For OP's employer match, pre-tax just means the amount will be subject to income taxes at withdrawal. More info here

rated:
Your employer reports it on your W2...  Code "D" in box 12A.
scripta said:   
jsssm said:   Only 'roth' accounts are post tax.
After-tax 401(k) is not 'Roth' but contributions are post tax...

  Yes they are Roth...
http://www.investopedia.com/terms/r/roth401k.asp
 

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EradicateSpam said:   Your employer reports it on your W2...  Code "D" in box 12A.
scripta said:   
jsssm said:   Only 'roth' accounts are post tax.
After-tax 401(k) is not 'Roth' but contributions are post tax...

  Yes they are Roth...
http://www.investopedia.com/terms/r/roth401k.asp 

  um...no, they are not.  There indeed are Roth 401k's, and those contributions are post tax.  There is also a different type, post-tax 401k's contributions that are NOT Roth 401k, and those are, well, post tax...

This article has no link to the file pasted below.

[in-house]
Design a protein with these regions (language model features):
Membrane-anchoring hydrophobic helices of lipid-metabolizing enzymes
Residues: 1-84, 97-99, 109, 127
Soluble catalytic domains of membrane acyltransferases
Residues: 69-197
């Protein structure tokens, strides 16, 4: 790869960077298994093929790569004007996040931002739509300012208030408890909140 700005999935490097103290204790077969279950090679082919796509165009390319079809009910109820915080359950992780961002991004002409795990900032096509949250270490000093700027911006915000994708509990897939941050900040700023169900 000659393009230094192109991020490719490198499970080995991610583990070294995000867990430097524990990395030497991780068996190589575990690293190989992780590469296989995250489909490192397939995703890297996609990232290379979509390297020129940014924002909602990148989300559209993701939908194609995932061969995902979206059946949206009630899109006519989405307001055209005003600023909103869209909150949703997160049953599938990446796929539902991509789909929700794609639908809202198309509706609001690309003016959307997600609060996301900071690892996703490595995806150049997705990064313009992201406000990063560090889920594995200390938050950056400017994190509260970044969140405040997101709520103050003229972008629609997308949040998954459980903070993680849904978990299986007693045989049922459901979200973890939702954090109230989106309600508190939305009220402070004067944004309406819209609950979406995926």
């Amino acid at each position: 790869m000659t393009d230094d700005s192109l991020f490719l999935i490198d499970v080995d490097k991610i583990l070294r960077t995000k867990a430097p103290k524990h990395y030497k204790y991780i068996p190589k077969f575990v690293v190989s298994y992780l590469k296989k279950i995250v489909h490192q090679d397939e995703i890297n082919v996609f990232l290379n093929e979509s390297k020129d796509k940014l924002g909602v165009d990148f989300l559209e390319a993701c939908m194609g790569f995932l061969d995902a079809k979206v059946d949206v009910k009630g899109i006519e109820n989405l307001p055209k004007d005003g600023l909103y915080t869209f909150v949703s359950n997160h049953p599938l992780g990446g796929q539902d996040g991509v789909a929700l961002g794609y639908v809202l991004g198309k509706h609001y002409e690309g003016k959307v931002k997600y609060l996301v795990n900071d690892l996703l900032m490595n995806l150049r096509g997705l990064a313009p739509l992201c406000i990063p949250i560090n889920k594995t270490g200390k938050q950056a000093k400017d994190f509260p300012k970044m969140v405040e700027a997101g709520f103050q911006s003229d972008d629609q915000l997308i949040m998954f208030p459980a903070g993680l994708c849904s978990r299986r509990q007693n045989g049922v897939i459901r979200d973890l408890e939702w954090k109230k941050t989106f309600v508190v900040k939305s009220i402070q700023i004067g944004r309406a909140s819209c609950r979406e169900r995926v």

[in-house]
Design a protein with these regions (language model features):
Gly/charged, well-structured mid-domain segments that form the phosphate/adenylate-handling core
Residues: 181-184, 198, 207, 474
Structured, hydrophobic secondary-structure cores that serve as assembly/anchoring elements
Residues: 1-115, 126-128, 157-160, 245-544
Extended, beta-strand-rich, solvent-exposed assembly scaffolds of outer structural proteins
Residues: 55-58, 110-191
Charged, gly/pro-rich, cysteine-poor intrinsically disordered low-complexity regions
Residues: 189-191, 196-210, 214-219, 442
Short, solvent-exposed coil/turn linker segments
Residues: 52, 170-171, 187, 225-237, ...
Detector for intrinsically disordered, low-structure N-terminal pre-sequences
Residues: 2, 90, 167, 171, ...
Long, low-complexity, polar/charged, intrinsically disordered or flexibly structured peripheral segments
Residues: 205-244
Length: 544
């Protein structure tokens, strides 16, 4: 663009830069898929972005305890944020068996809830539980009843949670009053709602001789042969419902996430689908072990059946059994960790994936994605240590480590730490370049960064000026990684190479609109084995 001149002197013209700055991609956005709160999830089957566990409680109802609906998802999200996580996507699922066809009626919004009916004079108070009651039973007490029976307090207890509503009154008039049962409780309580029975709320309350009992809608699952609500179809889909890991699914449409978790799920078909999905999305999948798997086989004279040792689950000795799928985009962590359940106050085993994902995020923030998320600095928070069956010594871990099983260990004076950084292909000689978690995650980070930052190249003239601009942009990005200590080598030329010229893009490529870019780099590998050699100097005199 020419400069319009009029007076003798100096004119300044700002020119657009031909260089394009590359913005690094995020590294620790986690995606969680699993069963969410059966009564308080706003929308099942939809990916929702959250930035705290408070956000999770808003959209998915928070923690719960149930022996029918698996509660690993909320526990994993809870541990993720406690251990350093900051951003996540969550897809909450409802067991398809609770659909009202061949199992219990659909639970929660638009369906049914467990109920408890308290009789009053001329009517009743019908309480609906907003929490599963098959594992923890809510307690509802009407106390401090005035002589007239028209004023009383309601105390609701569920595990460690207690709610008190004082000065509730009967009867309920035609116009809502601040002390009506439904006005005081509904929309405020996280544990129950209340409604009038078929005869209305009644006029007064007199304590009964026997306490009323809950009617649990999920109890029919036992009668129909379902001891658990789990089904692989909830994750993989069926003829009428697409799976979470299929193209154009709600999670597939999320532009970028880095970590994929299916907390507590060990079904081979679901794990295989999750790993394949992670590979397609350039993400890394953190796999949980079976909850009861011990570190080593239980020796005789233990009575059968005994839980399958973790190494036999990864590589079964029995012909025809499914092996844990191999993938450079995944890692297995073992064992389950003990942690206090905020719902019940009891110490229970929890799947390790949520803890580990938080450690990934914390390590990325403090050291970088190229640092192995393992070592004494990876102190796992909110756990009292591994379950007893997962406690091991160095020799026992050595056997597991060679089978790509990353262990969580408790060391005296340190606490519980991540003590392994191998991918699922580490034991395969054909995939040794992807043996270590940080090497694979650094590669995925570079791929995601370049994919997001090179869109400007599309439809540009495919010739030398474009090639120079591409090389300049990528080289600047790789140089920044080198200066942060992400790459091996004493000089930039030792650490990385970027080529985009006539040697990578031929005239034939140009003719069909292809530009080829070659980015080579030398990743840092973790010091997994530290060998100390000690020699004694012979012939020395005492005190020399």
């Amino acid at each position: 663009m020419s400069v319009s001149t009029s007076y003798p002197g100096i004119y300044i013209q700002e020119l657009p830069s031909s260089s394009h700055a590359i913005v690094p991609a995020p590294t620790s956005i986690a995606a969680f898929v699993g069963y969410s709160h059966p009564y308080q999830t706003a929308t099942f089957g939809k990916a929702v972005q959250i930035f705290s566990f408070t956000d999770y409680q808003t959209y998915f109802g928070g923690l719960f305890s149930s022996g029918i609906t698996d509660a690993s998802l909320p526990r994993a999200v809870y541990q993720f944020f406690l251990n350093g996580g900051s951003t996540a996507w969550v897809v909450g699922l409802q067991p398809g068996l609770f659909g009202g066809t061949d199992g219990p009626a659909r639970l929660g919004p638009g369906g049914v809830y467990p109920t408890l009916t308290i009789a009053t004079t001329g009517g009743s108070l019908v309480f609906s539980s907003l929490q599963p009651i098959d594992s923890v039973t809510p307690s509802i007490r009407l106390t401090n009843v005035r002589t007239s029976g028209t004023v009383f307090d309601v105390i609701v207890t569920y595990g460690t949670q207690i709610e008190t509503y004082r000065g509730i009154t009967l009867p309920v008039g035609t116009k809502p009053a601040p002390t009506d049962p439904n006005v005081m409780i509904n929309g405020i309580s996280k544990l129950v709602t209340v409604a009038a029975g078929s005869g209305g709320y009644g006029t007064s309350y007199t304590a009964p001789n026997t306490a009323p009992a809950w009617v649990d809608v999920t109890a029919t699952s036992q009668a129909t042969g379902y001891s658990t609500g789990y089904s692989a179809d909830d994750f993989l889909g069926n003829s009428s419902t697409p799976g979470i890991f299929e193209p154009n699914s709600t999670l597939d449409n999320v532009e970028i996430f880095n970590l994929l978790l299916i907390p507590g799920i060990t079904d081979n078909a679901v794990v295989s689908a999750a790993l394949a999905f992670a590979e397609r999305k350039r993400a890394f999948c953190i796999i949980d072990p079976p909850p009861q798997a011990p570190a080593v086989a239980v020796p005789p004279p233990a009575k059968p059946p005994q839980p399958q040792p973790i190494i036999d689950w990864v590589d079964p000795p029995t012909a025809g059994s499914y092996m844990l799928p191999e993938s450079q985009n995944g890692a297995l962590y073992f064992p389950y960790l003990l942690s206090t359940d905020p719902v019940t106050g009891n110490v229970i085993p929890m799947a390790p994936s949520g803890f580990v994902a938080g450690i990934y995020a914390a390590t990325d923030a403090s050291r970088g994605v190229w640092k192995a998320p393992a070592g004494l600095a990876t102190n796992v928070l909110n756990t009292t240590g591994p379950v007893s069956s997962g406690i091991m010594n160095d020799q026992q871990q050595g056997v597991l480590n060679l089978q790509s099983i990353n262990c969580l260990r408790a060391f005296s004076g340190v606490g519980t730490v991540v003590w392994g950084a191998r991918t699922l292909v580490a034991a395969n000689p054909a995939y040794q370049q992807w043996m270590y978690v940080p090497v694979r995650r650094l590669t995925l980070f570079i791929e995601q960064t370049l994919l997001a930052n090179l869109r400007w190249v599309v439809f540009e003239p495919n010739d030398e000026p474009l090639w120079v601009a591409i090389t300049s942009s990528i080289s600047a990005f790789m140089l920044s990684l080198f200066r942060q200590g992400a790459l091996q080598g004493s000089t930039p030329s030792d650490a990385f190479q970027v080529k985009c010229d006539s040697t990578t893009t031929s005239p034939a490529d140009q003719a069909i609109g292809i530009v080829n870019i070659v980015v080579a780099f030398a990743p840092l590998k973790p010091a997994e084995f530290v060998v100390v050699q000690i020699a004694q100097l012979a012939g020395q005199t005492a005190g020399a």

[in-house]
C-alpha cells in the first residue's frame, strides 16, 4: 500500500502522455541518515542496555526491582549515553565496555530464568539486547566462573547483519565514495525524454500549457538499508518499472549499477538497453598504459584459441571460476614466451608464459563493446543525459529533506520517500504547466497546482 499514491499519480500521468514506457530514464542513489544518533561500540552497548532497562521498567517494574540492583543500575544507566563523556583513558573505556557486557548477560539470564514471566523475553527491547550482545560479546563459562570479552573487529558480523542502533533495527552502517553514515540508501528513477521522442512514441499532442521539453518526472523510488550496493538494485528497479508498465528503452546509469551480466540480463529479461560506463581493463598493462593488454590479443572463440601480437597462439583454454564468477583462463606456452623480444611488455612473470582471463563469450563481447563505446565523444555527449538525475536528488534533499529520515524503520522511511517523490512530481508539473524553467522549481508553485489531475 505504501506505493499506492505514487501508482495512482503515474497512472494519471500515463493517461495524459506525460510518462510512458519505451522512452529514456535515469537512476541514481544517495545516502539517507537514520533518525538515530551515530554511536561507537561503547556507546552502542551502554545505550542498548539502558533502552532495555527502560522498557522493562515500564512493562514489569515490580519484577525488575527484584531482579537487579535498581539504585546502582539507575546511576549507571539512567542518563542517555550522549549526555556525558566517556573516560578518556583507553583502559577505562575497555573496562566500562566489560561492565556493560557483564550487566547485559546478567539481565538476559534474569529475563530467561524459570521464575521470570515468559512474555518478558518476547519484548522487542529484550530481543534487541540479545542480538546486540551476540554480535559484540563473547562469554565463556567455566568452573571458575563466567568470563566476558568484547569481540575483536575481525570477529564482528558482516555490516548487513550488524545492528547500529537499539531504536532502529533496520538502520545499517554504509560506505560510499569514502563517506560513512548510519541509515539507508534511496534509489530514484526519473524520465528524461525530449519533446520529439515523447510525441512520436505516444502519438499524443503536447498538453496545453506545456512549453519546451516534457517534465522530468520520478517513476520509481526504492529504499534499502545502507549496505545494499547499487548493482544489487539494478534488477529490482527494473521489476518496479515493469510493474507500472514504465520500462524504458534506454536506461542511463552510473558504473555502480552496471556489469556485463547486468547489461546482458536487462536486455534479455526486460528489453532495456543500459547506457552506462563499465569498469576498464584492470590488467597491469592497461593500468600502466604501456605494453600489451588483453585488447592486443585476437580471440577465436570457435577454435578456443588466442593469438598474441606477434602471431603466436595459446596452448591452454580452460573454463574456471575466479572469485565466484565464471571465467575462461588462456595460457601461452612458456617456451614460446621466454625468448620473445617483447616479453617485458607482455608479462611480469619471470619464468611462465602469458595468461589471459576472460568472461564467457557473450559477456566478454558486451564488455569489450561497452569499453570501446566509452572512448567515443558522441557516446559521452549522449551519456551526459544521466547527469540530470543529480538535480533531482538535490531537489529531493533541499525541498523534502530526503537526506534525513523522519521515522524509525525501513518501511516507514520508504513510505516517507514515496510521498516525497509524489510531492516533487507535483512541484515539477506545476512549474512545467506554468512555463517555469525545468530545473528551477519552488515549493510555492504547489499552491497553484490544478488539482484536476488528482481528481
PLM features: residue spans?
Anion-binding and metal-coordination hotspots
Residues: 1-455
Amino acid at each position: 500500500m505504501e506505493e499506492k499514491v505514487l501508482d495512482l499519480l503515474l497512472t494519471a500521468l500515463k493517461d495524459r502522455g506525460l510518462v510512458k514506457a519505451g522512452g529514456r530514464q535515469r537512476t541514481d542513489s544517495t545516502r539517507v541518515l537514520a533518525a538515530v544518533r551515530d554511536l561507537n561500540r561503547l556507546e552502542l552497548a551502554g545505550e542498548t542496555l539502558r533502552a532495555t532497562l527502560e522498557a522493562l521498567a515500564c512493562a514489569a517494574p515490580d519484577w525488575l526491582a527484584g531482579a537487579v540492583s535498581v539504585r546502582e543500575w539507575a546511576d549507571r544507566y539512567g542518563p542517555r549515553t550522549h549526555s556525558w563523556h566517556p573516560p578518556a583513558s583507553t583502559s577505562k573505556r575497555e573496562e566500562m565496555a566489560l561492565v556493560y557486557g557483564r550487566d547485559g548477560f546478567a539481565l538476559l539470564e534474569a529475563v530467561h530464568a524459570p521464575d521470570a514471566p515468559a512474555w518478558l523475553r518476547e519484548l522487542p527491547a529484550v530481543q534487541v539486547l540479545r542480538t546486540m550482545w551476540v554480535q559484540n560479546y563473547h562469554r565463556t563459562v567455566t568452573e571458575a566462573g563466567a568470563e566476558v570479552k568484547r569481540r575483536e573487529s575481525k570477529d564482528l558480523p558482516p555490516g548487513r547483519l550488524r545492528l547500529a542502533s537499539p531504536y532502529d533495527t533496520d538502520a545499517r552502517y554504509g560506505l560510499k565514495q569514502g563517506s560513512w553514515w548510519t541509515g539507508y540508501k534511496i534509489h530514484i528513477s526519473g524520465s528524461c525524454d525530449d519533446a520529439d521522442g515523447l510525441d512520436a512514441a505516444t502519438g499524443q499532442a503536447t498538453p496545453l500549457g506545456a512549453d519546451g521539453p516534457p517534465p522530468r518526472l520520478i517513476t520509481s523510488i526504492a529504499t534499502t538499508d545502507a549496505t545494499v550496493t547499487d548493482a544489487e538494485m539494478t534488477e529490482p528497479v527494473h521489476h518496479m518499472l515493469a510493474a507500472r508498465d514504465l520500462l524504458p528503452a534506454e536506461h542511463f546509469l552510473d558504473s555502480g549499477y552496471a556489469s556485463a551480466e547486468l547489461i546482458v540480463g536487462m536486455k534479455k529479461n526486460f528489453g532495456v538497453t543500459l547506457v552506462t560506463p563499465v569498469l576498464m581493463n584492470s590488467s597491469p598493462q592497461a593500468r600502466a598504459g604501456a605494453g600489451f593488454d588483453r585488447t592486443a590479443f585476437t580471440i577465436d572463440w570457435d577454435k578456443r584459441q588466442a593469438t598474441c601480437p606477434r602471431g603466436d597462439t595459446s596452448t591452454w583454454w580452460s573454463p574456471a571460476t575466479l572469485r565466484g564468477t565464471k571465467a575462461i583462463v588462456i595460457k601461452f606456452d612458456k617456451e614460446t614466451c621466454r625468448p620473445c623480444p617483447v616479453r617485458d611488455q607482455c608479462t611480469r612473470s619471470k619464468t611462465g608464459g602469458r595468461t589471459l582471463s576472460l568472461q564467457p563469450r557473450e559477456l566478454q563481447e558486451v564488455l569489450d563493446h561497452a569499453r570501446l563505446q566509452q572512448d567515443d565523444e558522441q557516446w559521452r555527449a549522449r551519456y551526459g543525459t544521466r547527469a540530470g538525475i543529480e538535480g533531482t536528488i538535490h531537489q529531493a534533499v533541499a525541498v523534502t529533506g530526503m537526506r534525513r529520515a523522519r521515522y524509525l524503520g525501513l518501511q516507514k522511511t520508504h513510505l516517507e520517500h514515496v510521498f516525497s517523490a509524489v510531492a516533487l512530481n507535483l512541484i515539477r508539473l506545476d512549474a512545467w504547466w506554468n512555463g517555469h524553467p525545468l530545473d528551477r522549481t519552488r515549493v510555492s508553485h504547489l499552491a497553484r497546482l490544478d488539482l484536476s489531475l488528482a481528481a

Roth 401ks are subject to the annual $18k/$24k employee contribution limit.  NON ROTH post tax 401k contributions kick in after the $18k/$24k thresholds, and are only allowed in certain select plans.  Their main use is a way to "backdoor" Roth money...
http://news.morningstar.com/articlenet/article.aspx?id=682209
 

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EradicateSpam said:   Your employer reports it on your W2...  Code "D" in box 12A.I'm not sure what this was in response to, but code D in box 12A is for employee contributions, so yes, this is another place where they appear. Employer match is not on the W-2.

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Report what is on your W-2 if anything. That is all you are required to do. Short of that keep good records of expected and actual deposits to your retirement account reconcile it with statements. Its your money for later in life.

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I would actually be upset they do this. If their match is being counted towards the $18k limit you can contribute, it means I can't contribute as much to my 401k. I typically max out my 401k every year.

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avalon6 said:   I would actually be upset they do this. If their match is being counted towards the $18k limit you can contribute, it means I can't contribute as much to my 401k. I typically max out my 401k every year.